We have picked out some of our favorite parenting podcasts that you can listen to while doing one of the many things on your to-do list! 

Life Kit Parenting: An NPR show that gives great advice on how to navigate raising children and how to talk to kids about various topics. From the birds and the bees to the tooth fairy! This show has wonderful experts that share real tools to use. 

It Takes a Village: A show that focuses on listening and well being of children vs. lecturing children. Gives various strategies to take the conflict out of discipline. 

Raising Good Humans: Trustworthy and realistic advice from a developmental psychologist, who is also a mother of two trying to raise good humans herself. 

Unruffled Respectful Parenting: Each episode addresses a different reader’s parenting issue and Janet Lansbury tackles the challenge through her respectful parenting philosophy.

Ready, Set, Play: A podcast all about child development, play, parenting, and toys. Experts discuss the importance of play and how different toys can with developing your child’s mind.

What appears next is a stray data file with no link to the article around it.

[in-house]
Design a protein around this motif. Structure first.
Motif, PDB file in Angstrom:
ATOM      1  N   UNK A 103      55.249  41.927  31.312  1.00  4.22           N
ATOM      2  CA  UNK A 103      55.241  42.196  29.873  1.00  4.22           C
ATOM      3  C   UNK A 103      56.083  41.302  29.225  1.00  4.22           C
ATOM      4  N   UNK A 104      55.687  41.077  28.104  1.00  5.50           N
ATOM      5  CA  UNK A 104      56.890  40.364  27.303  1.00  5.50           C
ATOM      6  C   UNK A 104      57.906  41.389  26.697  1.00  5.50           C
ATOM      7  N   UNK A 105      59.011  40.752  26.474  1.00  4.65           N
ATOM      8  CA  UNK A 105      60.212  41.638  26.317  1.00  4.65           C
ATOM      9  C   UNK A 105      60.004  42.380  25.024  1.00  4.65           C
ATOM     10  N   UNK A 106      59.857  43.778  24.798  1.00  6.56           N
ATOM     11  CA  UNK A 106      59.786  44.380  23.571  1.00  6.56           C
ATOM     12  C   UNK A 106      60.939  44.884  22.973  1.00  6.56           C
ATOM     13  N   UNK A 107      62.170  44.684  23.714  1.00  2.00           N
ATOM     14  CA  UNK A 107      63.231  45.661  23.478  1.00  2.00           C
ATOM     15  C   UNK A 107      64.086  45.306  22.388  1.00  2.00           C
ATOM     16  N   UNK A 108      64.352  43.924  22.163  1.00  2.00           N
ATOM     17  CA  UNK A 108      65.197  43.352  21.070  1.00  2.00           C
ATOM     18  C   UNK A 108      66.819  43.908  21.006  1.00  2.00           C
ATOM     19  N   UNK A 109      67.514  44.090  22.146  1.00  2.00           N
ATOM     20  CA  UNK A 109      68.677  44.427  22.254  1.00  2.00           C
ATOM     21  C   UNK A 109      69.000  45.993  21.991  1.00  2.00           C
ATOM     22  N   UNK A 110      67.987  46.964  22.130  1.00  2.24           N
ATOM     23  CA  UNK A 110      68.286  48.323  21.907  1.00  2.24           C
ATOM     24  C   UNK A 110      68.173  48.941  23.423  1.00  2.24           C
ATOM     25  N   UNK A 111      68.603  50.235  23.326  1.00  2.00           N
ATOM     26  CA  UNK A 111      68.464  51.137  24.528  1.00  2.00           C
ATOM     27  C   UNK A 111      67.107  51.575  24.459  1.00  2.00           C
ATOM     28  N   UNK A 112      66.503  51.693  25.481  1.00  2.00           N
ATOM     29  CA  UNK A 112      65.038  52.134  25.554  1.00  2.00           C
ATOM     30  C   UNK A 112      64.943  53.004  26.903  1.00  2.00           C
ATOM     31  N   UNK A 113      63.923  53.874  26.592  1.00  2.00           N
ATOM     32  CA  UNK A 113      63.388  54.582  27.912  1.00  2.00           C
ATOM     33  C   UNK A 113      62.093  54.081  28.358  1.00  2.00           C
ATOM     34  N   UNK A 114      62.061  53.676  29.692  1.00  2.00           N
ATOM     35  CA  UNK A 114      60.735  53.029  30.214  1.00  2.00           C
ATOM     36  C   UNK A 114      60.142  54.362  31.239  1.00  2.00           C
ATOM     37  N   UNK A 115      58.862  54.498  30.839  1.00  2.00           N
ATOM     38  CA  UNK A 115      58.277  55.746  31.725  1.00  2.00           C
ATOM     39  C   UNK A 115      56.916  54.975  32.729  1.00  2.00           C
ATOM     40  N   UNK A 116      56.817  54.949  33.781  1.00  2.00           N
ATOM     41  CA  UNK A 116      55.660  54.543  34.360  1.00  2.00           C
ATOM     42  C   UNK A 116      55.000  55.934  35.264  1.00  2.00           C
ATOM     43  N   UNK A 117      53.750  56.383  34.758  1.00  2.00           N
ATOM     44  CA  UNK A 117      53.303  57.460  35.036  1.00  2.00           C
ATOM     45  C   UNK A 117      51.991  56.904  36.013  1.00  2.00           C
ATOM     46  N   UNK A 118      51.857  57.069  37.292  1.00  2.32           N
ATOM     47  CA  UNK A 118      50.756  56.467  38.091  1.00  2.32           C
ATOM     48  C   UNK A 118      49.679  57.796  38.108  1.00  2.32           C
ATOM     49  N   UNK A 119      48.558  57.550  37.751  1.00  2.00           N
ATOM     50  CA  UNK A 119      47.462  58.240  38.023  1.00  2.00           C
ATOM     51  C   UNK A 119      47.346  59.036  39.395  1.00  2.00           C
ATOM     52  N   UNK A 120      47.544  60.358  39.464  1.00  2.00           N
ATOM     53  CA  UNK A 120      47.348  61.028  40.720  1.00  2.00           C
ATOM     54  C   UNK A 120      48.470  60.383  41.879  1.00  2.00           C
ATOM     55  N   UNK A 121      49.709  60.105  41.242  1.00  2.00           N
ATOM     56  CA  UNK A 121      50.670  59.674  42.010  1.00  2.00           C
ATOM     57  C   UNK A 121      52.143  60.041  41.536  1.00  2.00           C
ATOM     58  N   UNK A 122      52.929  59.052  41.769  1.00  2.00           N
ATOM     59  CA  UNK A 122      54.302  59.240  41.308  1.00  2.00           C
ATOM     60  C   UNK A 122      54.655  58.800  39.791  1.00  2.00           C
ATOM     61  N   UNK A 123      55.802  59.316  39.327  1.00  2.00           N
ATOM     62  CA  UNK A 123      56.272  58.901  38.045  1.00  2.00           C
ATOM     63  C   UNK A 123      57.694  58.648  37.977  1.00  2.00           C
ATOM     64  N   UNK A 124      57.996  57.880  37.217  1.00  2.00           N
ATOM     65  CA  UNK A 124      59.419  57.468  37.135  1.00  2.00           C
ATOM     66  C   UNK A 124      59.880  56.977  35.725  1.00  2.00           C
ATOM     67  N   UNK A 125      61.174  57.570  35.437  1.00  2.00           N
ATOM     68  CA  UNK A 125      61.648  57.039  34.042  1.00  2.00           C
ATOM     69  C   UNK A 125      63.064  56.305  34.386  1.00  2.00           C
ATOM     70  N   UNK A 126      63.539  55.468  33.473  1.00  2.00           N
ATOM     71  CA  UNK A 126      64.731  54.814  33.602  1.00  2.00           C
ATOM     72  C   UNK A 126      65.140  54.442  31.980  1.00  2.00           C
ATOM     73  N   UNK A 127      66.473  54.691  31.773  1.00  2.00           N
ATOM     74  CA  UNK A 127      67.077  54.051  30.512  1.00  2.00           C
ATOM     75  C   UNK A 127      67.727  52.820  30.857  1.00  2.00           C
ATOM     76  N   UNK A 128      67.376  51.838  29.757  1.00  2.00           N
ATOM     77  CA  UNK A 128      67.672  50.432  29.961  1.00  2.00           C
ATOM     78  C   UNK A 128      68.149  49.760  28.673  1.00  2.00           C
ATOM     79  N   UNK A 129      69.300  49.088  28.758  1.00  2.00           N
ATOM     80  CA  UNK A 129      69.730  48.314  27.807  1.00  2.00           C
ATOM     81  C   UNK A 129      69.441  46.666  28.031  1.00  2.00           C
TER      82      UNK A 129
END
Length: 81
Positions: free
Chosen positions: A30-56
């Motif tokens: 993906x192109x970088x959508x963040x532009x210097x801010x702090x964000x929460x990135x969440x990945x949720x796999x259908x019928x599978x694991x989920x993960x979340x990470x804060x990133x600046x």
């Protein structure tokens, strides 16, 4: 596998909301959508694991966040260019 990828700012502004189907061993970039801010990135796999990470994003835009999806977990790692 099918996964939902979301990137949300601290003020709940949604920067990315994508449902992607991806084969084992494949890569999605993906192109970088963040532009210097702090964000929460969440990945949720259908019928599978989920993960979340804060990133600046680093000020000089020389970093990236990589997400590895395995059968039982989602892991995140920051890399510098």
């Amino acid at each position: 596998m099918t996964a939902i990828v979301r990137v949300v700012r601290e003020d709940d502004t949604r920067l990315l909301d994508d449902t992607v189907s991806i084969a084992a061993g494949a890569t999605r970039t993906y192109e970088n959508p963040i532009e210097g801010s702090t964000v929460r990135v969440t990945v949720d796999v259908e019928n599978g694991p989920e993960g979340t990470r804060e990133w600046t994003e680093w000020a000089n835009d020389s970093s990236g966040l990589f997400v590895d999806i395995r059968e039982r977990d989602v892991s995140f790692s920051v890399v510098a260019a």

Family Confidential: Experts and educators give 21st century parenting advice to help strengthen your family.

Parenting on Purpose: Relevant and practical advice for parents, especially relating to developing character.

Not Just Cute, the Podcast:A podcast where the conversations center on whole child development and intentional parenting

The Brain Architects: Harvard University’s Center on the Developing Child explores what we can do in the developing years to make sure that all children have a successful future

Raising children is no easy task. It can help to hear stories of others who have walked in your shoes. Besides experts and psychologists, many podcasts offer real stories as a way to connect with the listeners. Whatever you may be dealing with in your child rearing journey, just know there are resources to help support you and people who can relate.